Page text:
Wednesday, September 1, 2010

Obama Drones On About
U.S. Global "Leadership"

afiosi refer to their organization as cosa nostra, our thing. Our politicians refer to our empire as ‘our leadership.’ By the third paragraph of his let's pretend we're leaving Iraq speech on Tuesday night, President Obama was warning “the world that the United States of America intends to sustain and strengthen our leadership in this young century.” In other words, that despite having gotten cuffed around in Iraq and Afghanistan (not to mention Latin America), he intends to beef up the empire. That's, of course, if China lends him more ducats for drones.
Since the most durable lesson of history is that people everywhere prefer their own kind rather than foreigners as leaders, Obama’s intention is a formula for endless conflict and war with one bunch or other of the 95 percent of human beings on earth who owe no allegiance to the United States and its succession of undressed emperors.
As that 95 percent has noticed, America has surrendered its manufacturing edge and frittered away its finances. That means its ‘leadership’ now consists mainly of a military power competent at dealing death and destruction, but utterly incompetent and corrupt when it comes to pacifying, governing and exploiting the survivors of its violence.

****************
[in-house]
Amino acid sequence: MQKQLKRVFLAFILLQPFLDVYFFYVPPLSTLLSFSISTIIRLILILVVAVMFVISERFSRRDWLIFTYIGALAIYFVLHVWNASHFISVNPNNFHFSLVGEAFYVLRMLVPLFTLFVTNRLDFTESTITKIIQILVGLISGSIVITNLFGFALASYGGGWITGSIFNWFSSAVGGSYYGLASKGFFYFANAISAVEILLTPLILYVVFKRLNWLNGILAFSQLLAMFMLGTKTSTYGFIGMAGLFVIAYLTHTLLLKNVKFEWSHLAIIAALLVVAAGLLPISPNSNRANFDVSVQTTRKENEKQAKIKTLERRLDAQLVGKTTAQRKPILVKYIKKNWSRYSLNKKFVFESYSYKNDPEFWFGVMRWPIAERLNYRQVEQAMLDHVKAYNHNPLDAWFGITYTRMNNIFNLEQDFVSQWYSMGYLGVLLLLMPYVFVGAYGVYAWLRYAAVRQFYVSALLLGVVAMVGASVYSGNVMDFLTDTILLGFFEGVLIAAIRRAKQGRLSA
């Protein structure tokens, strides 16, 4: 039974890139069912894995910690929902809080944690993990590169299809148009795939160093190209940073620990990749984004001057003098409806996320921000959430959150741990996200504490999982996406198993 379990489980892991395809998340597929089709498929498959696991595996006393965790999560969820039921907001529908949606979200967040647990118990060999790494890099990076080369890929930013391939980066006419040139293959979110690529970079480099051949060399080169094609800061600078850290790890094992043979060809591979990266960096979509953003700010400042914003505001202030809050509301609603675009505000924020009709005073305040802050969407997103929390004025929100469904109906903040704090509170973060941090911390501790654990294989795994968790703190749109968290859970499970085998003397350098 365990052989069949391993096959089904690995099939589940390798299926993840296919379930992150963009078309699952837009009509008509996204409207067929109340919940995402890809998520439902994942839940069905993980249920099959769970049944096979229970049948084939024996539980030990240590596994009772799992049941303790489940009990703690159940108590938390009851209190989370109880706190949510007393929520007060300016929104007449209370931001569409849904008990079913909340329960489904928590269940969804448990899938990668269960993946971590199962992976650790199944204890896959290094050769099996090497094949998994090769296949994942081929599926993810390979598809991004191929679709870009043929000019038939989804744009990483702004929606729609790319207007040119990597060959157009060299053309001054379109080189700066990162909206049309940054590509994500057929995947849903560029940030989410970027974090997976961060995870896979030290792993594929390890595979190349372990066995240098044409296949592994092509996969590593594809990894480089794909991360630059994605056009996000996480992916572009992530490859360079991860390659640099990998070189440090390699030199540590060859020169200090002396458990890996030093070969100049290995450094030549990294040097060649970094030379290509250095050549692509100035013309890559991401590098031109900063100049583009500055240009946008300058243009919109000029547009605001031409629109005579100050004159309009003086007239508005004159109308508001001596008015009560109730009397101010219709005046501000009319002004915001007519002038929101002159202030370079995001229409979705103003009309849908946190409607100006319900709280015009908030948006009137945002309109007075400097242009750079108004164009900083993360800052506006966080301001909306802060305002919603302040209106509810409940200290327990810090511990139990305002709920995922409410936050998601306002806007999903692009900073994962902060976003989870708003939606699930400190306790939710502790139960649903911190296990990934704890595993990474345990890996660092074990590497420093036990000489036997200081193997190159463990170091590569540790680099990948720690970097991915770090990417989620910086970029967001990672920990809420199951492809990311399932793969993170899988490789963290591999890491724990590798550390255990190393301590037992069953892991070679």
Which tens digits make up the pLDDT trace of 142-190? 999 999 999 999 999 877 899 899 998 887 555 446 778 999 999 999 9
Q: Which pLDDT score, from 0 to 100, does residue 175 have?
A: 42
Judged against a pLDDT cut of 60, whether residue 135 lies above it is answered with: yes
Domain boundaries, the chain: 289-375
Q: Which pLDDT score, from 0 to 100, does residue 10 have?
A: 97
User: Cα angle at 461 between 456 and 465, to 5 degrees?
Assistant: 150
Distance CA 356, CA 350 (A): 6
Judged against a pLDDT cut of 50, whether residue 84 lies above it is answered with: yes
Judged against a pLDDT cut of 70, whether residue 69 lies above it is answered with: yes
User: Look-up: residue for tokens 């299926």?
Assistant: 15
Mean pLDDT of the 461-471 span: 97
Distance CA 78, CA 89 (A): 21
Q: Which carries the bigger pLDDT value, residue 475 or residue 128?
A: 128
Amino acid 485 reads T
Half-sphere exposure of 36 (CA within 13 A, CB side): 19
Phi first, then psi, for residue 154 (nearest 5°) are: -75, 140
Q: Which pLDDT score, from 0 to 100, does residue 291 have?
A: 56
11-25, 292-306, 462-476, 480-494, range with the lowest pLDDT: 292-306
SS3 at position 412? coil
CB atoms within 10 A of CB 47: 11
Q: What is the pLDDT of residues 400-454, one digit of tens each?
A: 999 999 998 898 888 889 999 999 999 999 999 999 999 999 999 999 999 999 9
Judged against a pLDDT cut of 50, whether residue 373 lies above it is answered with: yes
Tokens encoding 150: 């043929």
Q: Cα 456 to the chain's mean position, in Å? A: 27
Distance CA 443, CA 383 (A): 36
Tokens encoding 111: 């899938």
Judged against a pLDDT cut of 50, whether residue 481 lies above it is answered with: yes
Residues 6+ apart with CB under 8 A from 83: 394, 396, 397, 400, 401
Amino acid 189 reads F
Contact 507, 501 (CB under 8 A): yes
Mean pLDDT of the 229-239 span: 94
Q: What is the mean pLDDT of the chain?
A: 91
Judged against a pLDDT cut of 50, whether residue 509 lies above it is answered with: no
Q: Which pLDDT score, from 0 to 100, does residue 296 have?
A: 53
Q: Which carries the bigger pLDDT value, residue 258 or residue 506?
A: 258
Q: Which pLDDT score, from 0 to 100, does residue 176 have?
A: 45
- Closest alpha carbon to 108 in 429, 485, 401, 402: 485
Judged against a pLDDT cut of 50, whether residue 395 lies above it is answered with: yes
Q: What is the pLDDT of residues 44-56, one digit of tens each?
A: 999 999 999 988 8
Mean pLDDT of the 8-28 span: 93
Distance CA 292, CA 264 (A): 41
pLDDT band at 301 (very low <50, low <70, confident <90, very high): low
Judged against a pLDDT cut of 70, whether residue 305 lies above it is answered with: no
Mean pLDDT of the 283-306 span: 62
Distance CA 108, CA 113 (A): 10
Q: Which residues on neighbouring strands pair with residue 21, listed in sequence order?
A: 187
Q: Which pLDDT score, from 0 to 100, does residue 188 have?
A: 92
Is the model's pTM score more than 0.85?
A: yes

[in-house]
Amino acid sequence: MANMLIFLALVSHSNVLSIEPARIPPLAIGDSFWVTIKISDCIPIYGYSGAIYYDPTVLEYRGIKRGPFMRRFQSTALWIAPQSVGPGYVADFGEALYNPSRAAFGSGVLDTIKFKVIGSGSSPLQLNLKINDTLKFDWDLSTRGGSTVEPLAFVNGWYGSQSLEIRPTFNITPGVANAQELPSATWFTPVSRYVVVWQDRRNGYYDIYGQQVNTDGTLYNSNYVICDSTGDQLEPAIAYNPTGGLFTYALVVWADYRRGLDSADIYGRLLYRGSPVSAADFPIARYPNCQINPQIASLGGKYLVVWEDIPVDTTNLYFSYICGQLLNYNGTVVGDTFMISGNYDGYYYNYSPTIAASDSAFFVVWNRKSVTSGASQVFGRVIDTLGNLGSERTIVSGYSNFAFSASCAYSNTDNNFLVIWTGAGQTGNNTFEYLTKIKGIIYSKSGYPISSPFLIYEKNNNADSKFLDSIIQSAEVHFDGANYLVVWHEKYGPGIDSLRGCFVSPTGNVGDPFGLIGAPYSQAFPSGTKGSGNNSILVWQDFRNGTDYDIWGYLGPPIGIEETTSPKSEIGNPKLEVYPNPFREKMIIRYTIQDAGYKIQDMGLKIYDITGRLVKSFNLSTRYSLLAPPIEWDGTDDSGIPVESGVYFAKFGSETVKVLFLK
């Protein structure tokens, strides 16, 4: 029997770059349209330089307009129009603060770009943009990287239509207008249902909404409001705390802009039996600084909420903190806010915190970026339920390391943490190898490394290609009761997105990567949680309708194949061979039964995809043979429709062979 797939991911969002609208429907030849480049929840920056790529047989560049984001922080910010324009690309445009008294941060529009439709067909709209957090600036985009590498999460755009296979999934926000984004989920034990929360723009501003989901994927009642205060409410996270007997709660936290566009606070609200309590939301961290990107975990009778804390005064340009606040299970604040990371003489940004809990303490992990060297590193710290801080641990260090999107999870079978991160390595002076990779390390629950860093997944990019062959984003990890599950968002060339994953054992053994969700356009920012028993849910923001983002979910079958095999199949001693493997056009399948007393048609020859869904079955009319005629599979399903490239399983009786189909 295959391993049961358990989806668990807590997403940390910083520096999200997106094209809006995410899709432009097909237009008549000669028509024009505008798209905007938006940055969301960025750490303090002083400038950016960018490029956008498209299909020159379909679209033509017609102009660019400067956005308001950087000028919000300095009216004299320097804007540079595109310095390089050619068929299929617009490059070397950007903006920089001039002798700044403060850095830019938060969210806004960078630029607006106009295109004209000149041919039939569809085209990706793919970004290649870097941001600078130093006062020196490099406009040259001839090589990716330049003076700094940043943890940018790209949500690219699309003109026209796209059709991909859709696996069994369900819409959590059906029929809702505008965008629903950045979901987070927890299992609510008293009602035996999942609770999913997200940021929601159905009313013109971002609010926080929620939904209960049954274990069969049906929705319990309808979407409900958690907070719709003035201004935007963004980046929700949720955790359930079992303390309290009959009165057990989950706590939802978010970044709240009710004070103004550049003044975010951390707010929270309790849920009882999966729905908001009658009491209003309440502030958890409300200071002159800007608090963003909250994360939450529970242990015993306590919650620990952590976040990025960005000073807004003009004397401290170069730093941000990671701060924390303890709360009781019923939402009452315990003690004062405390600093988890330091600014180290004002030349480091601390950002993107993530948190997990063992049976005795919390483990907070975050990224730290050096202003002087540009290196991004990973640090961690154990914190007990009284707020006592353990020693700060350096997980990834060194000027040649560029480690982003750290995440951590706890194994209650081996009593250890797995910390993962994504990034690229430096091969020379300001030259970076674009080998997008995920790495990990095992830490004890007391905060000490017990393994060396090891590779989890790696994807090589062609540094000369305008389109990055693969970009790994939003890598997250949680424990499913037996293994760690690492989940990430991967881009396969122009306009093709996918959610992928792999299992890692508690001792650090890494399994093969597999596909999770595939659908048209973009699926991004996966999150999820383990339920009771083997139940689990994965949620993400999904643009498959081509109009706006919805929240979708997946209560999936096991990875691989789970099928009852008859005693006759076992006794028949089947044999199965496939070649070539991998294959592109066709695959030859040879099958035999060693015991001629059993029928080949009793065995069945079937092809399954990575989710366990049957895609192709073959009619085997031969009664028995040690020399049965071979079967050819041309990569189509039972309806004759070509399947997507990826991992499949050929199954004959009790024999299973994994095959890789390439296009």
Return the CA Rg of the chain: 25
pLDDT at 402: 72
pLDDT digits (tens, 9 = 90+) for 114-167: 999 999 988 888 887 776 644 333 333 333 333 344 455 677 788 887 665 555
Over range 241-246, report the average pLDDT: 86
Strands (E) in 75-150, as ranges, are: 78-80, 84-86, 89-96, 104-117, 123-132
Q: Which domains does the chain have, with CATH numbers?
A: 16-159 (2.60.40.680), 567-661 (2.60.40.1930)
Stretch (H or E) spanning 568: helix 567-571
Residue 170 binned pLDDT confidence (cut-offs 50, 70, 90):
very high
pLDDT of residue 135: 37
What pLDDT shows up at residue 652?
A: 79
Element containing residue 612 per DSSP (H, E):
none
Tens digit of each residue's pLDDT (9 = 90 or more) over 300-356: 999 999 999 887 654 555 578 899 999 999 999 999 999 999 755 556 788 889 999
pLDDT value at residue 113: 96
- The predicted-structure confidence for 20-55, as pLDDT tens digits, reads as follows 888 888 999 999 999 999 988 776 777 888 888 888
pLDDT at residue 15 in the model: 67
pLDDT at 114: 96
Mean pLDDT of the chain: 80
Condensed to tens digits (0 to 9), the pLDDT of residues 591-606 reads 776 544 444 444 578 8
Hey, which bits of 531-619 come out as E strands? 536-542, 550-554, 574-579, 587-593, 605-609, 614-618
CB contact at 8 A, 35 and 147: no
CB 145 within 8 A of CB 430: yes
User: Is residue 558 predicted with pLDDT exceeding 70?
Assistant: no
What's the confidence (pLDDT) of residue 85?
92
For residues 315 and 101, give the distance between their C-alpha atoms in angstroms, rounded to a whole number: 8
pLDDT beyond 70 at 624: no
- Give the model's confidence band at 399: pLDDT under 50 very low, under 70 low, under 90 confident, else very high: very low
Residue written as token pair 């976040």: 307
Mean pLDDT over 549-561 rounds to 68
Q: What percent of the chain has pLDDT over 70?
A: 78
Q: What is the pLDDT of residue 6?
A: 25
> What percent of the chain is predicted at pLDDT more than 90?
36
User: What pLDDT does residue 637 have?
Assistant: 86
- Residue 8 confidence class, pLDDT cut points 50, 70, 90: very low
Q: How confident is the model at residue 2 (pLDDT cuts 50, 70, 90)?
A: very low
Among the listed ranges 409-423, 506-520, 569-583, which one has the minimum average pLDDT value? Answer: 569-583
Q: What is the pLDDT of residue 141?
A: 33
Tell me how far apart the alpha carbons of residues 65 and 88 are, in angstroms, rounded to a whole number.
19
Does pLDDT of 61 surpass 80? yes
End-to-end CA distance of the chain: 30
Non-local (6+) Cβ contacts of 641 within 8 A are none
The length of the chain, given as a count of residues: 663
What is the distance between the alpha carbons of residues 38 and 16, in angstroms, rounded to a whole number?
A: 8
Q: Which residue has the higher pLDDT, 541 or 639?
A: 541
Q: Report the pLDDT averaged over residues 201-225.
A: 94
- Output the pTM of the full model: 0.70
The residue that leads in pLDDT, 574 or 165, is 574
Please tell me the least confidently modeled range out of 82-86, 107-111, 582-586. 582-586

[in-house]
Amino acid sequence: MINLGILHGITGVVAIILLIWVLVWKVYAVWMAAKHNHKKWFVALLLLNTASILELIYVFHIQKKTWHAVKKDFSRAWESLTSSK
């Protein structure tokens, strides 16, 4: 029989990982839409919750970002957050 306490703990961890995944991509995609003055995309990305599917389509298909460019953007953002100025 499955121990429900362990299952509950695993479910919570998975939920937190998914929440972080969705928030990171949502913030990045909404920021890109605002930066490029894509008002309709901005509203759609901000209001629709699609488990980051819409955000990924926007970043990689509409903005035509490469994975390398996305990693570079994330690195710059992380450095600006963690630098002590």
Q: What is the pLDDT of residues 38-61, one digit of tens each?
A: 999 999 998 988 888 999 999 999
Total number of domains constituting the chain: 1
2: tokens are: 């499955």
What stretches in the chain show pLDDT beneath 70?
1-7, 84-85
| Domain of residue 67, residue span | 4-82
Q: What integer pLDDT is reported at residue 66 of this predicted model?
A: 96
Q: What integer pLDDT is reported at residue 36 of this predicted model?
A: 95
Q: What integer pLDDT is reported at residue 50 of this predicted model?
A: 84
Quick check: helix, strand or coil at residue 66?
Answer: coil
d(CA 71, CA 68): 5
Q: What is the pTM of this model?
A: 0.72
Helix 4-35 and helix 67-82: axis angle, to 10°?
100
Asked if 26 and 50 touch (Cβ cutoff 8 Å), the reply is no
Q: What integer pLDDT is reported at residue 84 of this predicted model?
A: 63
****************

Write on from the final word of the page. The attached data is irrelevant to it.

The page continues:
Ironically, this is an affirmation of the conservative belief that government just screws things up. The crazy contradiction here is that though the conservatives want to starve the government at home, they are ever eager to sprinkle endless billions on its ‘nation building’ efforts overseas. But that’s not actually a contradiction, since those billions are really being doled out by Uncle Sam to its contractors and mercenaries. In effect, the Pentagon and CIA have become little more than brokers for an increasingly corporate and private military. The right wingers love that. Meanwhile, Barack Obama has become to drones what Martha Stewart is to duvets.
The privatization of once public institutions like schools and armies relieves them of their original purpose, whether it be educating kids or winning wars. The new purpose becomes profit. From that perspective, Iraq and Afghanistan may be losers for the empire but are winners for their investors. But the war bubble is no more sustainable than the housing or stock bubbles. It’ll blow up one day, too. The only question is whether the explosion will be literal or figurative.